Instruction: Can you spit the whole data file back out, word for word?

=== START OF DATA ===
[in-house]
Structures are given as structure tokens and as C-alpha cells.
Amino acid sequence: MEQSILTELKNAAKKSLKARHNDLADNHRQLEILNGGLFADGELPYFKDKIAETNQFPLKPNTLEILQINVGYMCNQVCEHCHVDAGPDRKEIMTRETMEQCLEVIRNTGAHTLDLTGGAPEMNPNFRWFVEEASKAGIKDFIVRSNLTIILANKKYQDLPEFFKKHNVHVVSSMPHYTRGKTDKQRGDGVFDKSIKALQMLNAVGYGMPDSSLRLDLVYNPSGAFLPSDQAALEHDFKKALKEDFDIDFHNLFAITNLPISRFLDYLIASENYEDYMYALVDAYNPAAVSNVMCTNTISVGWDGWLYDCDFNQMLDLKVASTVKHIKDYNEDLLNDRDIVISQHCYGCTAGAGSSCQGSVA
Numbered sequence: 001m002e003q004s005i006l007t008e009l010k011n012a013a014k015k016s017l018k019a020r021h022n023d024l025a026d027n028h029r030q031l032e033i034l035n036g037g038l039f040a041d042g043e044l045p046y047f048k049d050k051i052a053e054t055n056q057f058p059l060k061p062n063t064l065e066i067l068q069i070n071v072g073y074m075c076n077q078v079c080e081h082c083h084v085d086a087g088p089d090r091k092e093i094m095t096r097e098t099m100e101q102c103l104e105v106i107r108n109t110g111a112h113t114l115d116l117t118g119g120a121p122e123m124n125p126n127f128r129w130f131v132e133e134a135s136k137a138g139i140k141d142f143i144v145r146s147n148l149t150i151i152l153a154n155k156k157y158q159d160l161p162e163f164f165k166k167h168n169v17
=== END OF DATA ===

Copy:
[in-house]
Structures are given as structure tokens and as C-alpha cells.
Amino acid sequence: MEQSILTELKNAAKKSLKARHNDLADNHRQLEILNGGLFADGELPYFKDKIAETNQFPLKPNTLEILQINVGYMCNQVCEHCHVDAGPDRKEIMTRETMEQCLEVIRNTGAHTLDLTGGAPEMNPNFRWFVEEASKAGIKDFIVRSNLTIILANKKYQDLPEFFKKHNVHVVSSMPHYTRGKTDKQRGDGVFDKSIKALQMLNAVGYGMPDSSLRLDLVYNPSGAFLPSDQAALEHDFKKALKEDFDIDFHNLFAITNLPISRFLDYLIASENYEDYMYALVDAYNPAAVSNVMCTNTISVGWDGWLYDCDFNQMLDLKVASTVKHIKDYNEDLLNDRDIVISQHCYGCTAGAGSSCQGSVA
Numbered sequence: 001m002e003q004s005i006l007t008e009l010k011n012a013a014k015k016s017l018k019a020r021h022n023d024l025a026d027n028h029r030q031l032e033i034l035n036g037g038l039f040a041d042g043e044l045p046y047f048k049d050k051i052a053e054t055n056q057f058p059l060k061p062n063t064l065e066i067l068q069i070n071v072g073y074m075c076n077q078v079c080e081h082c083h084v085d086a087g088p089d090r091k092e093i094m095t096r097e098t099m100e101q102c103l104e105v106i107r108n109t110g111a112h113t114l115d116l117t118g119g120a121p122e123m124n125p126n127f128r129w130f131v132e133e134a135s136k137a138g139i140k141d142f143i144v145r146s147n148l149t150i151i152l153a154n155k156k157y158q159d160l161p162e163f164f165k166k167h168n169v17